Plans to stage a protest against the expansion of the congestion charge are being drawn up by small businesses.
London mayor Ken Livingstone announced on Friday that the road toll will be extended westwards to include Kensington and Chelsea.
The Forum for Private Businesses said the charge was "killing" firms in the city and revealed that a protest will take place in the next two weeks.
The £8 weekday charge for crossing the new boundary begins in February 2007.
Ben Pinnington, spokesman for the Forum for Private Businesses, said they were organising the protest to try to convey to Ken Livingstone the "gravity and seriousness of the situation".
He said that as a result of the charge, which was introduced for central London in February 2003, half of businesses had seen a drop in profits.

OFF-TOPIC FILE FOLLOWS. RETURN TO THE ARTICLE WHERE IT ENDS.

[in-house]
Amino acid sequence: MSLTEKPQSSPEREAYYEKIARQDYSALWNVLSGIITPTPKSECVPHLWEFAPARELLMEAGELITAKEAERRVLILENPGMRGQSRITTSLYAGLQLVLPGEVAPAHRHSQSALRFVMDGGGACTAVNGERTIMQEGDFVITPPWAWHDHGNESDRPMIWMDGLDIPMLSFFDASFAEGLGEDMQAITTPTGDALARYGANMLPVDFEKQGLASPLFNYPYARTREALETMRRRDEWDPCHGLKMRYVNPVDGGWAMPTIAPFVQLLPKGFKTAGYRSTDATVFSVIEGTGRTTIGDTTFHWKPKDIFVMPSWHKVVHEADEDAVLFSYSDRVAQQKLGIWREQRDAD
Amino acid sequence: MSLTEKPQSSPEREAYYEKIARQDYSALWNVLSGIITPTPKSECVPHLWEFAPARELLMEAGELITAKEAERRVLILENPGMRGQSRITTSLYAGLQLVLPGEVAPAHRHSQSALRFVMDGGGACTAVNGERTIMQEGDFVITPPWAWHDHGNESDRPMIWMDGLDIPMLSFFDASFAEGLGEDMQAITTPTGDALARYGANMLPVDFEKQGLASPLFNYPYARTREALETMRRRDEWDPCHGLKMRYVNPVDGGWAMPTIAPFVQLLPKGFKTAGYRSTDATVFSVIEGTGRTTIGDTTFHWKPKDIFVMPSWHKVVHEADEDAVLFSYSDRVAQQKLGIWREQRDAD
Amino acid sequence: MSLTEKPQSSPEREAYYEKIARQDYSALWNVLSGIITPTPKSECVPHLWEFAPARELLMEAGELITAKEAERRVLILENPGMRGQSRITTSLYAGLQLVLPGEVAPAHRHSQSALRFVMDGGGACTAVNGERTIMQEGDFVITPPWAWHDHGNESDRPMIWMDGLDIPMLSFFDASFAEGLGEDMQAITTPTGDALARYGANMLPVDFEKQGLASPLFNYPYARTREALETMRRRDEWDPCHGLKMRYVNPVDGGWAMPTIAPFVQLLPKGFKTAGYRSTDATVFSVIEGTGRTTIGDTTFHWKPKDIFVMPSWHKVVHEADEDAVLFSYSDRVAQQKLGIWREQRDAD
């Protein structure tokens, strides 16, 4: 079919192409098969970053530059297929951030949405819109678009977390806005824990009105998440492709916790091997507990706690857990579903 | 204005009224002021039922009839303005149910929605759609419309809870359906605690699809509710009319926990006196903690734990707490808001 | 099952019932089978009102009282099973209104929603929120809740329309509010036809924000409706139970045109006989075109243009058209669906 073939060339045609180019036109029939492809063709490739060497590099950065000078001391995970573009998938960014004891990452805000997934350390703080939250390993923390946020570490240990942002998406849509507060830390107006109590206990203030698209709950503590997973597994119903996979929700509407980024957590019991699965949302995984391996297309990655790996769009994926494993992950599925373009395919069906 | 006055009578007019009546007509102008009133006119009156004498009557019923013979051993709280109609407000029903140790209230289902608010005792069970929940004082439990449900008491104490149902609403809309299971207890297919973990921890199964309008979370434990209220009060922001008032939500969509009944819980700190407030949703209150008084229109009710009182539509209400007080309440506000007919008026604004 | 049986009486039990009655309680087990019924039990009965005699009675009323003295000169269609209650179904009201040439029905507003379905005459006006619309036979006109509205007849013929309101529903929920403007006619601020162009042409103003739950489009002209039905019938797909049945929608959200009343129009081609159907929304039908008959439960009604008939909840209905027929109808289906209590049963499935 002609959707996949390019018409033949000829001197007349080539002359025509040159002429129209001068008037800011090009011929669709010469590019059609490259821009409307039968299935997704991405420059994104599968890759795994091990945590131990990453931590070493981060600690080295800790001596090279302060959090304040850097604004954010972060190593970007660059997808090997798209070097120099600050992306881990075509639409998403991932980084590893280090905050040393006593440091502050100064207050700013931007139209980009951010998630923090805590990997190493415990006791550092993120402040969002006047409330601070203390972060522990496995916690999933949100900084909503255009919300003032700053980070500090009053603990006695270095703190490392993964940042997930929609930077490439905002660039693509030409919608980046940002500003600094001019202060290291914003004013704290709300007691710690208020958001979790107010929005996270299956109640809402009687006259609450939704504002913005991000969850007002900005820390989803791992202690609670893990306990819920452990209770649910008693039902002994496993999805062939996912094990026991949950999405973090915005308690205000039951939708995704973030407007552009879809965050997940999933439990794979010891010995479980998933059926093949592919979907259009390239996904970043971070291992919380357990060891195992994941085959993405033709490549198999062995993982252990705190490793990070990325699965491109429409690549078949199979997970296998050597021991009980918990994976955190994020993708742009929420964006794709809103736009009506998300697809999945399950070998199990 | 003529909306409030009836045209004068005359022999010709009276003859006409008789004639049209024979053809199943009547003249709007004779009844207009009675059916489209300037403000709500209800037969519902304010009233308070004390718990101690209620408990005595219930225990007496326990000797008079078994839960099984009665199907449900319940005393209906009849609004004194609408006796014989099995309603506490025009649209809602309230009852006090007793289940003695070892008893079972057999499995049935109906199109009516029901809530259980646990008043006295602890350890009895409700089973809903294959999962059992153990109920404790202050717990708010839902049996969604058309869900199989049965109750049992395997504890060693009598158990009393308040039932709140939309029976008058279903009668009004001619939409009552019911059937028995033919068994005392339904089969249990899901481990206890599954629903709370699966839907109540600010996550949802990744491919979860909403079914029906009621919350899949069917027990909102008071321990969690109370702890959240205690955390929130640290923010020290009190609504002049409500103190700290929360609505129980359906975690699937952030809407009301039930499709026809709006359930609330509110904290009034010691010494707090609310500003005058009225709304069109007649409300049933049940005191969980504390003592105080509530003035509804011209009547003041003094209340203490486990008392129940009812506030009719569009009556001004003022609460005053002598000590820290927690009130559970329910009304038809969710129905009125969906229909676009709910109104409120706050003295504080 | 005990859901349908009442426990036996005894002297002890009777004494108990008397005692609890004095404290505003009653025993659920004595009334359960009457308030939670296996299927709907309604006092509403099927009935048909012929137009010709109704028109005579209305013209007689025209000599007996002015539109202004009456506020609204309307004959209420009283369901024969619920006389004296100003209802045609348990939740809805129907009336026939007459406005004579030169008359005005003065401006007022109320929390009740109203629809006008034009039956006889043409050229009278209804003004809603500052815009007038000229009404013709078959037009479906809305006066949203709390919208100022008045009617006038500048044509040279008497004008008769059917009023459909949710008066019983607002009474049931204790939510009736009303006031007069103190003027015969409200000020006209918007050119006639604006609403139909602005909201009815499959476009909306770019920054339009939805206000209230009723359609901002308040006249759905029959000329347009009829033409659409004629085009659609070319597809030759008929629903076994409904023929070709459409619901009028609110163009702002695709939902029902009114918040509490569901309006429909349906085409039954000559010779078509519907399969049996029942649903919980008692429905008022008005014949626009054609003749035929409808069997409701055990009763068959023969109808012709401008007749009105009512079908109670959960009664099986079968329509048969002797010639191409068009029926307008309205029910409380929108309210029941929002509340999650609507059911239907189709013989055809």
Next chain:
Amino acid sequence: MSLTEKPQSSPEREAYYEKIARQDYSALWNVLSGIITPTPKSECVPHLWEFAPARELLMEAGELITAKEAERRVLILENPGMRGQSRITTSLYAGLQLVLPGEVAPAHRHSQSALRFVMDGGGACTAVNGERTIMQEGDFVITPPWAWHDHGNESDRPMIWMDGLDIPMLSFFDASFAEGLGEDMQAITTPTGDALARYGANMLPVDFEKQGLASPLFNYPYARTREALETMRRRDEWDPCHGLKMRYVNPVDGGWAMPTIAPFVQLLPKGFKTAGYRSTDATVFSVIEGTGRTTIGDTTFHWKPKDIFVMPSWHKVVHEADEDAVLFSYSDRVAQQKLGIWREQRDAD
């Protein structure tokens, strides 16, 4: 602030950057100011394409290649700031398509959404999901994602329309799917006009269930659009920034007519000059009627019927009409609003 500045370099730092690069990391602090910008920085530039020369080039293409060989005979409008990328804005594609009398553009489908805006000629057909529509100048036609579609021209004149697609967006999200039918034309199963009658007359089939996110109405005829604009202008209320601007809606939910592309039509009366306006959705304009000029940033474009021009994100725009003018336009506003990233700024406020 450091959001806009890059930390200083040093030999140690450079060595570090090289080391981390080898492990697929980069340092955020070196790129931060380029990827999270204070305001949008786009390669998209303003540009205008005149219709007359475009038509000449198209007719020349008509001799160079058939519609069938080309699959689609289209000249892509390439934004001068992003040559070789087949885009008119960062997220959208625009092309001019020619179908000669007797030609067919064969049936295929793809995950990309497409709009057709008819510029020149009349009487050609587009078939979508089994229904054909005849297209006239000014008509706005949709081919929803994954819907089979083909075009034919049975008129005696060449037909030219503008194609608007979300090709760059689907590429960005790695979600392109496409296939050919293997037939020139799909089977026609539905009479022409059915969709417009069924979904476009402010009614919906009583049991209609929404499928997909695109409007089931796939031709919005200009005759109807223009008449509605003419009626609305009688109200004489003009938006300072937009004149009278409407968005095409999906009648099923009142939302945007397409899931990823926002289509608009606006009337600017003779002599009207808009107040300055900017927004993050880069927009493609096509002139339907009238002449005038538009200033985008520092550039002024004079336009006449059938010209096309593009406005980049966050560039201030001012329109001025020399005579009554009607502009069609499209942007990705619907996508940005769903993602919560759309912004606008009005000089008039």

He also said two-thirds of companies have seen a fall in the number of shoppers and one-third had considered relocating out of London.
Mr Pinnington said that since the July bombings there have been fewer people coming to London and that this news "sends out the wrong message".
"The congestion charge needs to be suspended to encourage people back into London because businesses are dying."
When the Chelsea and Kensington extension comes into effect, charging hours will end 30 minutes earlier at 1800.
A Transport for London survey showed 63% of residents and 72% of firms were opposed to the western extension.